Missing Transparency: Is the US Response to Reported Drone Attack on Wedding Party Self-Defeating?

On Thursday, Human Rights Watch (HRW) released a fact-intensive report based on the group’s investigations into a US drone strike that allegedly hit a wedding party in Yemen last December. The report is careful not to draw the ultimate conclusion about wrongdoing, but it does build a prima facie case that many civilians were killed. Part of the evidence that the incident involved a tragic mistake costing many civilian lives: the Yemeni General with command authority for the province and the governor of the province apologized for the killings in a public meeting calling the actions a “mistake,” and provincial officials gave all the families of the dead and wounded financial compensation and Kalashnikov rifles, a tribal custom for expressing an apology (pp. 16-17).

There have been several unusual aspects of the Obama administration’s response to this incident along the way. As Sarah Knuckey posted last month, the administration took the unprecedented step of announcing that it was conducting an investigation into the attack.

And, now in an apparent attempt to lessen the impact of today’s HRW report, three anonymous US officials told the Associated Press that two internal US investigations concluded that no civilians were killed, that a video of the operation exists, and that some congressional members have been shown the video.  It is too bad that it took so much pressure from civil society to achieve that modicum of procedural transparency. But now that we know investigations were conducted: what was the substantive basis for the government’s conclusions, and how might the administration dispute the most compelling aspects of the HRW report?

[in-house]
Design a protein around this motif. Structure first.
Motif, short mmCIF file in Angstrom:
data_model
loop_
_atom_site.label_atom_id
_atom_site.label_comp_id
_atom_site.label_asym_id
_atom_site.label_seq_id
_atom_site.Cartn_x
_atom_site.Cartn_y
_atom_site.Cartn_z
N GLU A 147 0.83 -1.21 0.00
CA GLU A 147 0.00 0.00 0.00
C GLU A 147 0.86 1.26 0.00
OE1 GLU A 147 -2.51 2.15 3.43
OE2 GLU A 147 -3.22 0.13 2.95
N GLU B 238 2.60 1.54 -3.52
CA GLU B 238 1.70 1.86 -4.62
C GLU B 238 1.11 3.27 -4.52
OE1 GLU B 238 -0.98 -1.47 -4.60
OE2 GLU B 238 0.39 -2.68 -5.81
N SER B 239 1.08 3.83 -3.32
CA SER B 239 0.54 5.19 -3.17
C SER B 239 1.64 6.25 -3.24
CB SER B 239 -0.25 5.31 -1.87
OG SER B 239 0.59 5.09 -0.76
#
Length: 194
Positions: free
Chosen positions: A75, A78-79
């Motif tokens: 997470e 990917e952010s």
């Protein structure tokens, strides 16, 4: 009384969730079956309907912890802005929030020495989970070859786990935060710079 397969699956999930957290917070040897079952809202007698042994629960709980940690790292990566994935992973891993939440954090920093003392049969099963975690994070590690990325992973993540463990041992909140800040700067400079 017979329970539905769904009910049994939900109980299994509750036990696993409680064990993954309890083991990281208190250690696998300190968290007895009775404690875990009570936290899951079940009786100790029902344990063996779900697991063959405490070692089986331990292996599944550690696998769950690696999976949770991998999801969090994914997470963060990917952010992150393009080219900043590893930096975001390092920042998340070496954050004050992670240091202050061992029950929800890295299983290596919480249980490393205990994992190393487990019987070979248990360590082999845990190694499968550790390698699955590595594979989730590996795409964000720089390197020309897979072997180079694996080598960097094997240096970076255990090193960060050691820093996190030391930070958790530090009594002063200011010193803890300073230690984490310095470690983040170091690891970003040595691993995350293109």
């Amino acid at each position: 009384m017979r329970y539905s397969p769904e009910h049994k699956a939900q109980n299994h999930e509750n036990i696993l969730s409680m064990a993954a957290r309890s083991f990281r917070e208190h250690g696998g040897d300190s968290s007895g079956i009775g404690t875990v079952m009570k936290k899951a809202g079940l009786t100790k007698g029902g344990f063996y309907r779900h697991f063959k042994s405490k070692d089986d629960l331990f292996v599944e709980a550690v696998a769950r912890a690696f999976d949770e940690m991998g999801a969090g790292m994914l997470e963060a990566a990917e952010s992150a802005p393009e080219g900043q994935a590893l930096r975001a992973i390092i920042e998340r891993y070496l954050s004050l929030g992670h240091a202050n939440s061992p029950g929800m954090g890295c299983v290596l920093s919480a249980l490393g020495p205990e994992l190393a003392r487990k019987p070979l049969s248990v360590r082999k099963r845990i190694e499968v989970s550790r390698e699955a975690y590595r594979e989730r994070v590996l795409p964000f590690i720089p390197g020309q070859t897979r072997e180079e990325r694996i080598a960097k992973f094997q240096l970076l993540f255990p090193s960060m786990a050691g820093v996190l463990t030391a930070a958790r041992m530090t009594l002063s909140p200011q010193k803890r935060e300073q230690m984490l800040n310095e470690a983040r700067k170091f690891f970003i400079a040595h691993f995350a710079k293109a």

The answer is that the administration refuses to discuss the operation openly. That is far more understandable when it comes to C.I.A. operations. But, in this case, the Defense Department’s Joint Special Operations Command—not the C.I.A.—reportedly carried out the December strike. So, why not be more open about the operation? Here’s the administration’s reasoning:

The officials say the Pentagon can’t release details, because both the U.S. military and the CIA fly drones over Yemen. By statute, the military strikes can be acknowledged, but the CIA operations cannot. The officials said if they explain one strike but not another, they are revealing by default which ones are being carried out by the CIA.

I understand that position in theory—in so far as it applies to a systematic or routine practice of discussing each and every DOD operation.  But why does it mean the US cannot release details about this specific – and most compelling — case? In Robert Gates’s book, he explains that every incident involving civilian deaths has been a “strategic defeat” for the United States in Afghanistan. The same holds true for alleged civilian deaths that have been well documented, and the “wedding convoy” incident in Yemen has now become a symbolic spectacle. It seems far better for the Pentagon to release more details on this particular occasion—especially if the administration holds the evidence that shows no wrongdoing.

[Editor’s Note: A previous version of this post incorrectly quoted Robert Gates’s book using the term “strategic setback” rather than “strategic defeat.”] 

About the Author(s)

Ryan Goodman

Co-Editor-in-Chief of Just Security, Anne and Joel Ehrenkranz Professor of Law at New York University School of Law, former Special Counsel to the General Counsel of the Department of Defense (2015-2016). You can follow him on Twitter @rgoodlaw.